The author of the article acknowledges the economic reality that powers the group flop, the intersection of an advantageous digital marketplace for underused assets and a financial condition that necessitates pooled funds: “The proliferation of extravagant home listings on sites like Airbnb and VRBO—made affordable if you bring enough people to fill the myriad bedrooms—has made traveling a group activity.” So many of those houses and estates are now sunk costs of society, artifacts that live on after the disappearance of the realities that birthed them.
At the heart of the Airbnb flop phenomenon, in other words, is a crucial duality of the present condition: an economic revolution wrapped in a technological one. It’s easy to attribute Airbnb’s revolutionary impact on travel to the prior lack of an efficient marketplace for unused properties—a gap that the internet was well-suited to fill—but Airbnb’s expansion of the market for short-term rental properties reveals the degree to which those properties had been abandoned by their previous owners while a more enthusiastic, largely younger, group that wanted access but couldn’t afford it waited in the wings. The same can be said of the automobile industry’s overproduction and the excess capacity that has subsequently become available on ridesharing platforms. The old owners and the new renters are largely the same socioeconomic class from two different eras, illustrating the sea change in that economy that is as much responsible for the flopping phenomenon as any web interface is.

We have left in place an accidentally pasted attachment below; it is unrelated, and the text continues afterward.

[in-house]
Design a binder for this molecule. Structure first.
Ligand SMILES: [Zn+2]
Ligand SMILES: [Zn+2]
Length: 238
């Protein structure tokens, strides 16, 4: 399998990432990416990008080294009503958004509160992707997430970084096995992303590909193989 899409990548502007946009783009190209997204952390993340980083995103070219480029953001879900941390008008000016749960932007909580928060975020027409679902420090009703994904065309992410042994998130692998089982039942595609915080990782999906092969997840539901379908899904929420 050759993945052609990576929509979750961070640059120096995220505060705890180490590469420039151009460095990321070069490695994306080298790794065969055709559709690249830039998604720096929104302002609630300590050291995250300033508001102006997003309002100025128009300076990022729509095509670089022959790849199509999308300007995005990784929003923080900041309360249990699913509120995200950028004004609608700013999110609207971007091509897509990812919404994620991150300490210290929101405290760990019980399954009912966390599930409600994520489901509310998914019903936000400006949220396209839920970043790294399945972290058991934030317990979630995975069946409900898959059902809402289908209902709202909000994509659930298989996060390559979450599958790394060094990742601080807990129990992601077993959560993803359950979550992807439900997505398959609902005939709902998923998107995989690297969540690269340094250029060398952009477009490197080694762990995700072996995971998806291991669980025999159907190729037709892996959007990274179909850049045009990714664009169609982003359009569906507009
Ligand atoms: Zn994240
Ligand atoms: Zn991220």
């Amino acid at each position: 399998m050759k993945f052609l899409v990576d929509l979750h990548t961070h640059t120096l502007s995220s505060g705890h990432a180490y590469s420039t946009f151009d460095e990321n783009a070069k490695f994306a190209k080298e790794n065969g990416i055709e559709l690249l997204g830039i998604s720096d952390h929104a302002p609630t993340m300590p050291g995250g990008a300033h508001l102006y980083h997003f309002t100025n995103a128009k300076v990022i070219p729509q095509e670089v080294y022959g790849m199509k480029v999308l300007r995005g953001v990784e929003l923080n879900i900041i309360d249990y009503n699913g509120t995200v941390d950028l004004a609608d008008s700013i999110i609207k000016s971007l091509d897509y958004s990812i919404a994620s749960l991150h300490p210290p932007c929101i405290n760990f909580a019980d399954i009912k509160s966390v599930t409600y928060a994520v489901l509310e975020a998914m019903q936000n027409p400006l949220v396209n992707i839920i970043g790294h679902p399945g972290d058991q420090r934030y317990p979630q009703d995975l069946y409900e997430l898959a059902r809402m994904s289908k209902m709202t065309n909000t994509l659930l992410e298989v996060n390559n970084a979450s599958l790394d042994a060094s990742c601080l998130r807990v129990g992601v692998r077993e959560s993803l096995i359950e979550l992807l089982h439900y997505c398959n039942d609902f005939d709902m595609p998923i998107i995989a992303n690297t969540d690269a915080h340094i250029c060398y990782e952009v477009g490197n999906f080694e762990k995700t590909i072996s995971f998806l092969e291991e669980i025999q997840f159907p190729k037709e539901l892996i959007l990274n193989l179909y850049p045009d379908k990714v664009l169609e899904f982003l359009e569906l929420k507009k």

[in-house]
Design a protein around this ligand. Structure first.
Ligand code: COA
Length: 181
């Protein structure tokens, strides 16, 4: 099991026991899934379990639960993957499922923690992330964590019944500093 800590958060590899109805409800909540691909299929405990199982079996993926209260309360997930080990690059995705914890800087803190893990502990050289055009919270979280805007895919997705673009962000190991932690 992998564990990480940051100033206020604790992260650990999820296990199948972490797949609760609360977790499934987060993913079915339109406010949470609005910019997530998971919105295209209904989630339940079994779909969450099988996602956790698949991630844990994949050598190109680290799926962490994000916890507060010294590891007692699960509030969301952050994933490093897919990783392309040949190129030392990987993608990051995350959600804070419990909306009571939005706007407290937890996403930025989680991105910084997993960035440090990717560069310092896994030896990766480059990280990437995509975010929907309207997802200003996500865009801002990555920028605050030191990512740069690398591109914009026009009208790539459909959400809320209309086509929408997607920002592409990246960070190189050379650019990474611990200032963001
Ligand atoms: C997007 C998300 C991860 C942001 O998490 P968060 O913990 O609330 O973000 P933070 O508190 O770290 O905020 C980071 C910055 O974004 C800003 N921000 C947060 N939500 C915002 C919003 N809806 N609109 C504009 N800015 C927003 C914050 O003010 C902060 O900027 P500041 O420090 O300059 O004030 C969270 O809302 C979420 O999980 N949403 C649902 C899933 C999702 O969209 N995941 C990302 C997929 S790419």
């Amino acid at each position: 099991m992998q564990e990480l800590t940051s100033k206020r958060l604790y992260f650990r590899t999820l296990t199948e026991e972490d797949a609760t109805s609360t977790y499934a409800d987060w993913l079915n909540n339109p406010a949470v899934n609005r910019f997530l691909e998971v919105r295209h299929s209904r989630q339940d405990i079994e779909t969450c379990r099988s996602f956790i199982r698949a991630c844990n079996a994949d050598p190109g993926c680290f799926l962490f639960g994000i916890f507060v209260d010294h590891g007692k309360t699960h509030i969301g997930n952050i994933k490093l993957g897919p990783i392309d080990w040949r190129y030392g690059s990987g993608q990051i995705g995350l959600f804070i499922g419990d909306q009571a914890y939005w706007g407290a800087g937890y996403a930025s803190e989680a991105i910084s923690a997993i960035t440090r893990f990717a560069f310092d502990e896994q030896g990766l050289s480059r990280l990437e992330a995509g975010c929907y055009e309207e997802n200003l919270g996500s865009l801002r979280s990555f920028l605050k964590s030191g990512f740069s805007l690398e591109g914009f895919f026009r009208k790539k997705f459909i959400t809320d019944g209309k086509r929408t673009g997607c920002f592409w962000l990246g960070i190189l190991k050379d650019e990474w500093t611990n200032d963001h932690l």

Bruce Sterling coined the term favela chic to describe the condition of material scarcity plus immaterial abundance—an increasingly widespread reality now. There are examples of favela chic everywhere if you pay attention. Most are more dystopian than flopping vacations, like the Google employee who lived in a Winnebago on the company headquarters’ parking lot to save money. Google and Facebook, interestingly, are wellsprings of the immaterial abundance that put the “chic” in favela chic. They also generate an overflow of material abundance that their employees and immediate neighbors might be lucky enough to capture. Anyone further removed can buy in another way, by giving the platforms free content and personal data, while relying on services like Airbnb for other morsels of real wealth that spill over from more abundant times and places. It may be getting easier to live off the fat of the land but it’s also getting harder not to.